I had radiation and my surgeon says I can’t have implants. Is flap surgery my only option?

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Eva1962 asked:

I have had 16 rounds of chemo, three chemo medications, and 35 rounds of radiation. I’m triple-negative, BRCA-positive. Bilateral mastectomy removed two metaplastic sarcoma tumors with good margins and no spreading to lymph system. I’ve had a complete hysterectomy post treatment to prevent recurrence.

I have had three fat grafts with not-so-great results on my affected side (radiation). I do not want any flap surgery. I’m only interested in fat grafts. I asked my surgeon if a very small implant could be done. I have been advised by my plastic surgeon I cannot have implants after 35 rounds of radiation without a flap surgery (skin cooked and too thin)... is there any option for women like me other than the extreme flap surgery?

Answer:

I am glad you have done so well. With triple-negative breast cancer and a BRCA genetic diagnosis, we would also have recommended bilateral/double mastectomy. Post-mastectomy radiation does indeed make implant reconstruction very difficult. Implants in the setting of radiation are prone to capsular contracture (painful scar tissue around the implant), infection, and extrusion (the implant actually coming out of the incision).

Alternatively, we would love to believe that fat grafting (fat injections) alone can rebuild a breast, but it is almost universally unsuccessful. Breasts rebuilt from fat grafting alone are firm, fibrotic, and filled with oil cysts and half-dead fat. This is even worse in the setting of radiation. In addition, it takes multiple sessions/operations to see even modest results. The best answer for you and most patients is autologous breast reconstruction (flap surgery). I can tell that you are apprehensive about flap surgery. However, it should not be considered “extreme.” Some plastic surgeons portray it as such because it is time-consuming and technically difficult for them. However, the results are almost invariably better than implant reconstructions. The surgery takes a bigger up-front commitment, but the results are worth it.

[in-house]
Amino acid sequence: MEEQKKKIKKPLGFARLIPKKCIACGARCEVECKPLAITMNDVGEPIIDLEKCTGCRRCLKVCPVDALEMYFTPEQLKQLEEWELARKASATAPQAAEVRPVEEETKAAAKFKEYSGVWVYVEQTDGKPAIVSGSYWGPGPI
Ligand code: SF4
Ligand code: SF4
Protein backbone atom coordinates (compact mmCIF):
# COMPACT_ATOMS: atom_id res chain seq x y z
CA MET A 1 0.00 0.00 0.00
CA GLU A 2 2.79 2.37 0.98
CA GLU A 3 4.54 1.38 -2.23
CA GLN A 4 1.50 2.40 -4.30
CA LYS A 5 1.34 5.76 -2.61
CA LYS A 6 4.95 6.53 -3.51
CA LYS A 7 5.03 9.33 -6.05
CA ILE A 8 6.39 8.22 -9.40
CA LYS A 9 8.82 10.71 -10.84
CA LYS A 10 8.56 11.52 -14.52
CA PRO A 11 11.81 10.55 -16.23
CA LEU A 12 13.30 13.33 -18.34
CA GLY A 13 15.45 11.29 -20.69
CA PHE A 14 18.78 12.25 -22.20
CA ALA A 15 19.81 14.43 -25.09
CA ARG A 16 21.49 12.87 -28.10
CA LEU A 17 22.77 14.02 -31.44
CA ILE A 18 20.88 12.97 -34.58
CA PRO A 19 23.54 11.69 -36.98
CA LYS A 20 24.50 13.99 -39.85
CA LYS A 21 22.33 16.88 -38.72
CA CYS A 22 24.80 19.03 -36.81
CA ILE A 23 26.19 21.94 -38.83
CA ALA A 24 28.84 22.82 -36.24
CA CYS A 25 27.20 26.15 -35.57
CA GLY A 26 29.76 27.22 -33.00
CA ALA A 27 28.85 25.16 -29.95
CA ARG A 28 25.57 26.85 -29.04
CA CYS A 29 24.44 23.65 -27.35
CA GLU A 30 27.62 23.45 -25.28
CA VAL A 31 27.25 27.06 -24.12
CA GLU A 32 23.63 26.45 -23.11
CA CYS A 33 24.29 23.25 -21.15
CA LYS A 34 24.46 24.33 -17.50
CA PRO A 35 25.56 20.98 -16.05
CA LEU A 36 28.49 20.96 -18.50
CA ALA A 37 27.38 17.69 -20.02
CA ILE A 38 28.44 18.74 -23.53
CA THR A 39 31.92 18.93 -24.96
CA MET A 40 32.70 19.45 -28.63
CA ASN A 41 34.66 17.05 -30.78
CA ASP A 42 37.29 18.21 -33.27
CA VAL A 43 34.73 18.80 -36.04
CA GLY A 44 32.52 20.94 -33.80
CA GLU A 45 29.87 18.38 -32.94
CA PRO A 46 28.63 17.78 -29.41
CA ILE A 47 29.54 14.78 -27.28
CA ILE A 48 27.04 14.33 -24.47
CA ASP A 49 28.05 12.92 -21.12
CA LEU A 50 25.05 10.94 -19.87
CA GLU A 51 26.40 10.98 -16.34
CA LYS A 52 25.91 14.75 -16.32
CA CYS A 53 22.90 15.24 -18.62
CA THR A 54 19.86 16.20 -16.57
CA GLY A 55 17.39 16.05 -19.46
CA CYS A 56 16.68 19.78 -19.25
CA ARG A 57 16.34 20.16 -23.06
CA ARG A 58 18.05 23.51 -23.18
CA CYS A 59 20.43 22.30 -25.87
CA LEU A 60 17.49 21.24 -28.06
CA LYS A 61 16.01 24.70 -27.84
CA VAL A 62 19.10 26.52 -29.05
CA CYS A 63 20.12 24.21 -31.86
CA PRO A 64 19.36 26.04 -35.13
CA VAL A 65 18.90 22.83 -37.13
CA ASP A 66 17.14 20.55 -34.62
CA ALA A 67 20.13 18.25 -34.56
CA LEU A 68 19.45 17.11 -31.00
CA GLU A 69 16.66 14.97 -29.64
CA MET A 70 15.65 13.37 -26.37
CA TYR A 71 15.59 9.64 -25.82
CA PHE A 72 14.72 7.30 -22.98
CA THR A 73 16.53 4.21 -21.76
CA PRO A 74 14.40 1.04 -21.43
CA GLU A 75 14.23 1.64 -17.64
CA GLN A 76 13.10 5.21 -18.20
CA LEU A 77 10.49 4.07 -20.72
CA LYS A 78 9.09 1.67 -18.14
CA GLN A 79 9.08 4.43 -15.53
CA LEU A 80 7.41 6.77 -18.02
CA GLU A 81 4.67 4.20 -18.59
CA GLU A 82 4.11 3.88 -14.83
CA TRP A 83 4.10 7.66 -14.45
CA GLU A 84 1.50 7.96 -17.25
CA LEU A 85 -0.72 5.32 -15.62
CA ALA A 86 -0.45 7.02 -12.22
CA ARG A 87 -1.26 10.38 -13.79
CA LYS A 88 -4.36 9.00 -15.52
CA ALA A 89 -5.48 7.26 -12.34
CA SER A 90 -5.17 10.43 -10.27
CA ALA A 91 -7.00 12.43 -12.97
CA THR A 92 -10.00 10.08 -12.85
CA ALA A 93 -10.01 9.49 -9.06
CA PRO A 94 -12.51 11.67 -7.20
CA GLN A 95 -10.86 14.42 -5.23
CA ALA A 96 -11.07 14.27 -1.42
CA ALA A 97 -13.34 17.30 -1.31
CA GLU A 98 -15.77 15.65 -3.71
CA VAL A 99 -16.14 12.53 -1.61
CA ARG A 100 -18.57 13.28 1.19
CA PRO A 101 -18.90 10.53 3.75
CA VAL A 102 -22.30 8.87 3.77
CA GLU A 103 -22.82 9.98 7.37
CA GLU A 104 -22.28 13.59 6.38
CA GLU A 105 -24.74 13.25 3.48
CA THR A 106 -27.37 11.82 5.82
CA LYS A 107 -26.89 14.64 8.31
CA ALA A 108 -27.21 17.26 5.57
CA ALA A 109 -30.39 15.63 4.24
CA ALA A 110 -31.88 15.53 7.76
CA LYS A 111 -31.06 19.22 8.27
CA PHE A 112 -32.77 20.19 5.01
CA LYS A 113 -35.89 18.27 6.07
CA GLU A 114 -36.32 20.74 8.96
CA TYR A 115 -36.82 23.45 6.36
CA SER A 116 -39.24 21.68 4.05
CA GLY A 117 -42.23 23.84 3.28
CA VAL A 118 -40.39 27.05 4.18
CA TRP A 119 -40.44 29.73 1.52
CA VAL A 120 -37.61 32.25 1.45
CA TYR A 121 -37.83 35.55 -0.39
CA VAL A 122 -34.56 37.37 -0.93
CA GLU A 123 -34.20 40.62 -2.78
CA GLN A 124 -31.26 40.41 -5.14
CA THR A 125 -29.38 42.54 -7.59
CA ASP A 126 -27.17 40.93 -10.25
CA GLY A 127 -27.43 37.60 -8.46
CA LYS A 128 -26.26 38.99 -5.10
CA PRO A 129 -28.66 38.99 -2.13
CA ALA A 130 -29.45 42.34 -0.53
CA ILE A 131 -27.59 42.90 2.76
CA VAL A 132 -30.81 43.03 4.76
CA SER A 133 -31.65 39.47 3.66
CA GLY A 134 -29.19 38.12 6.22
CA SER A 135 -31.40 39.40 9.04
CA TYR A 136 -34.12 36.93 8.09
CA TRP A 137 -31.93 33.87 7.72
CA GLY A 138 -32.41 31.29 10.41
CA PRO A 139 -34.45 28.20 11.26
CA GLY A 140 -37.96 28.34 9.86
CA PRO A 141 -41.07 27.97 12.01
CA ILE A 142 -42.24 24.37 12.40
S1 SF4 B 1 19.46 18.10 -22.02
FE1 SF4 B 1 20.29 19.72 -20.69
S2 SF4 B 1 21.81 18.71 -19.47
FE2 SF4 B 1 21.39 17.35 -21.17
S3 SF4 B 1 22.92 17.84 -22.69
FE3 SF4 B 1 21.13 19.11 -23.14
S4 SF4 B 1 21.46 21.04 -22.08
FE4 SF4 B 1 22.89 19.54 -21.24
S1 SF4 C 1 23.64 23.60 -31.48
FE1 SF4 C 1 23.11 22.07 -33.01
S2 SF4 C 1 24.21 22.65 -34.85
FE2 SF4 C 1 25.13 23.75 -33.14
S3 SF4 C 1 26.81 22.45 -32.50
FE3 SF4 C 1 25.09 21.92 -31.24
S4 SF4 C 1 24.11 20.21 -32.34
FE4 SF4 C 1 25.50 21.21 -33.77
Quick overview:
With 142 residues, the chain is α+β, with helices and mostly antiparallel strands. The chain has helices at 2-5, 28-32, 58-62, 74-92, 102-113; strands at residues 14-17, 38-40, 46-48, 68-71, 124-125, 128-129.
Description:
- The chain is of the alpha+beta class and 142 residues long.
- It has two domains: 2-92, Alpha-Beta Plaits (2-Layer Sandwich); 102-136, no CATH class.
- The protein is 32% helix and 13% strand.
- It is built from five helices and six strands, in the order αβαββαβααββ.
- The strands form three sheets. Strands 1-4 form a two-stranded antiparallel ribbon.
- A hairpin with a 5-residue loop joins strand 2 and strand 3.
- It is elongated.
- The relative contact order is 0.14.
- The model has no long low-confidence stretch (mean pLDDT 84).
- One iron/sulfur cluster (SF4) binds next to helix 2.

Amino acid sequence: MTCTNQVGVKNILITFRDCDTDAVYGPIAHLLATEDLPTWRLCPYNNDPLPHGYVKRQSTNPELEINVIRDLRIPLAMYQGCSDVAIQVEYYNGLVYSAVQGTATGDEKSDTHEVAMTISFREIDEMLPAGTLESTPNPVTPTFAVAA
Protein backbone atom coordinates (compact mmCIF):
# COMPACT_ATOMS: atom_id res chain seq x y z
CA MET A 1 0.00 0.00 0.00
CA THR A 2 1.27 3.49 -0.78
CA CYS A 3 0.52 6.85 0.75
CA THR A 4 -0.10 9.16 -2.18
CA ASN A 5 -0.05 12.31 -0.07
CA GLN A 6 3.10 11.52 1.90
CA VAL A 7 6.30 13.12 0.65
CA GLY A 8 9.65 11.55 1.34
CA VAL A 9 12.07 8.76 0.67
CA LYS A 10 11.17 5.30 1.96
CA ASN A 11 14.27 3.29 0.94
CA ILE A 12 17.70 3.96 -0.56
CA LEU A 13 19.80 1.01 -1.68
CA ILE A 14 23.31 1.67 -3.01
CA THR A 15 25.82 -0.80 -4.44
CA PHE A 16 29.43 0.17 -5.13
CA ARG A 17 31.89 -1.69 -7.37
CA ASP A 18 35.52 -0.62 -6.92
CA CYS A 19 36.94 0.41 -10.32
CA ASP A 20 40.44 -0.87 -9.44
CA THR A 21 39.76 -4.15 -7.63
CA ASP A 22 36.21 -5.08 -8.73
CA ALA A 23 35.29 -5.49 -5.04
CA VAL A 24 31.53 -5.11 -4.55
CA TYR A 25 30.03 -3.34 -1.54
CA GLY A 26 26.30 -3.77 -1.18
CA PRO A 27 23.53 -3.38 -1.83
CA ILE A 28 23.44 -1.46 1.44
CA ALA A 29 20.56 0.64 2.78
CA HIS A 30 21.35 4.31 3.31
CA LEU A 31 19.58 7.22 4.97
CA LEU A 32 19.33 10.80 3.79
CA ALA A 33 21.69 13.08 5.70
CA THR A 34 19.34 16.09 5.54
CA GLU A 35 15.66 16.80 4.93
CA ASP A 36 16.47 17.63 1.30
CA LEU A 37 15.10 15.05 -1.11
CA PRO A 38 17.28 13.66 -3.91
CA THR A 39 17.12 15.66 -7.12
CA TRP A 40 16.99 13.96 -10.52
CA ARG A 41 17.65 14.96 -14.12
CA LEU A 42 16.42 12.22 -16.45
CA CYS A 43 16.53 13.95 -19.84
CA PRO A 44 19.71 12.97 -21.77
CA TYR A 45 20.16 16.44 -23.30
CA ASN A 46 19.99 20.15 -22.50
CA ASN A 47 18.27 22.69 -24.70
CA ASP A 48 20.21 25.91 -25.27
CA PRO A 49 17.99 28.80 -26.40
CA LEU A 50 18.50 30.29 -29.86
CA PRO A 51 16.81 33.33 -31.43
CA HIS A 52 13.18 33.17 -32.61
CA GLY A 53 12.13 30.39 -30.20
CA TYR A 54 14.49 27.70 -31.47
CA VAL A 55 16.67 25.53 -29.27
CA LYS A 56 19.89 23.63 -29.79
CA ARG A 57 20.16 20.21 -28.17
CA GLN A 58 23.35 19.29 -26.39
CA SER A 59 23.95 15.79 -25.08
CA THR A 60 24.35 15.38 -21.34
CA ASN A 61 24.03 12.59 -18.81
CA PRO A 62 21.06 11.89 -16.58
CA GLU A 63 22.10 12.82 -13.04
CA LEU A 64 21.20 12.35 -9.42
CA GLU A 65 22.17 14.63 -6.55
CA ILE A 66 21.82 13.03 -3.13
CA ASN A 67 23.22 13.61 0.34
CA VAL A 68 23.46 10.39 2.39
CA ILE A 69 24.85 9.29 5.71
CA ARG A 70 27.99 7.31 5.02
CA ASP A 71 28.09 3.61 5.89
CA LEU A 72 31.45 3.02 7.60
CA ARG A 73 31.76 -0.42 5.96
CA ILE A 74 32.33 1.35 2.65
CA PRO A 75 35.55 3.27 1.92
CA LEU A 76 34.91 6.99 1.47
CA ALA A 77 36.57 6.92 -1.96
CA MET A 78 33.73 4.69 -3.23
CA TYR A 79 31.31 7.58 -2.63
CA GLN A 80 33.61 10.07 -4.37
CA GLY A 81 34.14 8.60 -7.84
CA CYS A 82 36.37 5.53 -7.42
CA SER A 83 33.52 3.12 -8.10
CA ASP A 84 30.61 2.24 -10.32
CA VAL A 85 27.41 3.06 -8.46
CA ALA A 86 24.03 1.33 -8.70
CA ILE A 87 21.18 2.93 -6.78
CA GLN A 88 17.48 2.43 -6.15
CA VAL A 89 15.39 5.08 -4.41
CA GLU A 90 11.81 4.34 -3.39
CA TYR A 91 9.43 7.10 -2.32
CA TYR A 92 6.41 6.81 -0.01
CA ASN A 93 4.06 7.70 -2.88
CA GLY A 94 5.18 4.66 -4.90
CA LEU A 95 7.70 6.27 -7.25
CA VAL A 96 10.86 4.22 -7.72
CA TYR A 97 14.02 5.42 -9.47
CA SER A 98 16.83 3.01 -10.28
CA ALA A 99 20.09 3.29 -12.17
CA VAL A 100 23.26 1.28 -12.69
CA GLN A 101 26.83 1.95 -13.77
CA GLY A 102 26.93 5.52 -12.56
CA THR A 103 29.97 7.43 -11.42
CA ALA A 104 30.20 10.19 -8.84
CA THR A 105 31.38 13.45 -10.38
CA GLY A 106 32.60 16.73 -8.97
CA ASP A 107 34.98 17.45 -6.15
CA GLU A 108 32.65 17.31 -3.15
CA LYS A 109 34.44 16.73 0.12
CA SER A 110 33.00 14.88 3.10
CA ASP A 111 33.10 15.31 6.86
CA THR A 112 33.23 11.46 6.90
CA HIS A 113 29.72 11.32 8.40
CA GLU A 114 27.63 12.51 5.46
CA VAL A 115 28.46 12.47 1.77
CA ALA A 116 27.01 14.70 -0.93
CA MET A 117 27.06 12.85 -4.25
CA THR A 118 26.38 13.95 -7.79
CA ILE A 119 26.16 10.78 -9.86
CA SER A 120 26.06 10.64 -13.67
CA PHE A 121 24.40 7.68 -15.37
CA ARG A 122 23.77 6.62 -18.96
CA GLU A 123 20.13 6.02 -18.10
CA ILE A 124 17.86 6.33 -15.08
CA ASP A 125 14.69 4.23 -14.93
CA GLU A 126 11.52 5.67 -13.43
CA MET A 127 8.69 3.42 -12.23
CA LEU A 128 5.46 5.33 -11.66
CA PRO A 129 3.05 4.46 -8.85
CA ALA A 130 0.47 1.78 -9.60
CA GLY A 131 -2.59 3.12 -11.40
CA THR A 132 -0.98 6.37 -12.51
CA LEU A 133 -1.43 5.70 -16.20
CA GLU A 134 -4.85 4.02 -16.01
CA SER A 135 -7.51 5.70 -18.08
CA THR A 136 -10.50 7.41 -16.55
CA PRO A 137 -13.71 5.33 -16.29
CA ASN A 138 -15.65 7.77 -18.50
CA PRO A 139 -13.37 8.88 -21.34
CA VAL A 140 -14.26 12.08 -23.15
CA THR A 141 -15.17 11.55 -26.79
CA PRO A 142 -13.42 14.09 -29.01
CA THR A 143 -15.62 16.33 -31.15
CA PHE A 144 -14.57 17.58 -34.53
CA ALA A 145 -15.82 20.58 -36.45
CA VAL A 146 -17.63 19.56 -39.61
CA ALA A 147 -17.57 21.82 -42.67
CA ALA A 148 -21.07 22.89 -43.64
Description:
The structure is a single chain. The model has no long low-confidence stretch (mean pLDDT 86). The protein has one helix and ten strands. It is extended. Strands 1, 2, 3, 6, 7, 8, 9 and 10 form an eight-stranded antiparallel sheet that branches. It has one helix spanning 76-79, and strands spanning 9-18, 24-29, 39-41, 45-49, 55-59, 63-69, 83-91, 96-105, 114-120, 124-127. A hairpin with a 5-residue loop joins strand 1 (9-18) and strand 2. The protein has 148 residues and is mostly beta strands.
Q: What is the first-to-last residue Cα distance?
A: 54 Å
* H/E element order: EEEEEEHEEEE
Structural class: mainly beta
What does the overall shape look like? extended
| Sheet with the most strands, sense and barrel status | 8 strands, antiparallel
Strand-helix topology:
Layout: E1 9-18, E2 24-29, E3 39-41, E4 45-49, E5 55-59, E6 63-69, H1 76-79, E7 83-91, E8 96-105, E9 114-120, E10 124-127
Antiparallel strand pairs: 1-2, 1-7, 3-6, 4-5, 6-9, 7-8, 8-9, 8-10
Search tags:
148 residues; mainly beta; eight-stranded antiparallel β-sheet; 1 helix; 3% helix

Flap surgeries require less frequent long-term surgeries than both implants and fat grafting. The results both feel and look more natural. The reconstructed breasts will age naturally as you age. Flaps are definitely the best option for you. Seek out a group that specializes in breast reconstruction and offers both implant and flap reconstructions. Specifically, you want to see a group that does perforator flap breast reconstruction (the names of those procedures are DIEP flaps, GAP flaps, PAP flaps, TDAP flaps). Experienced reconstructive surgeons will work with you to pick the ideal donor site for your body shape and desired breast size.

— M. Whitten Wise, M.D.


M. Whitten Wise

M. Whitten Wise, M.D.

Dr. Wise is part of the reconstruction team at the Center for Restorative Breast Surgery in New Orleans, Louisiana. Learn more about Dr. Wise.


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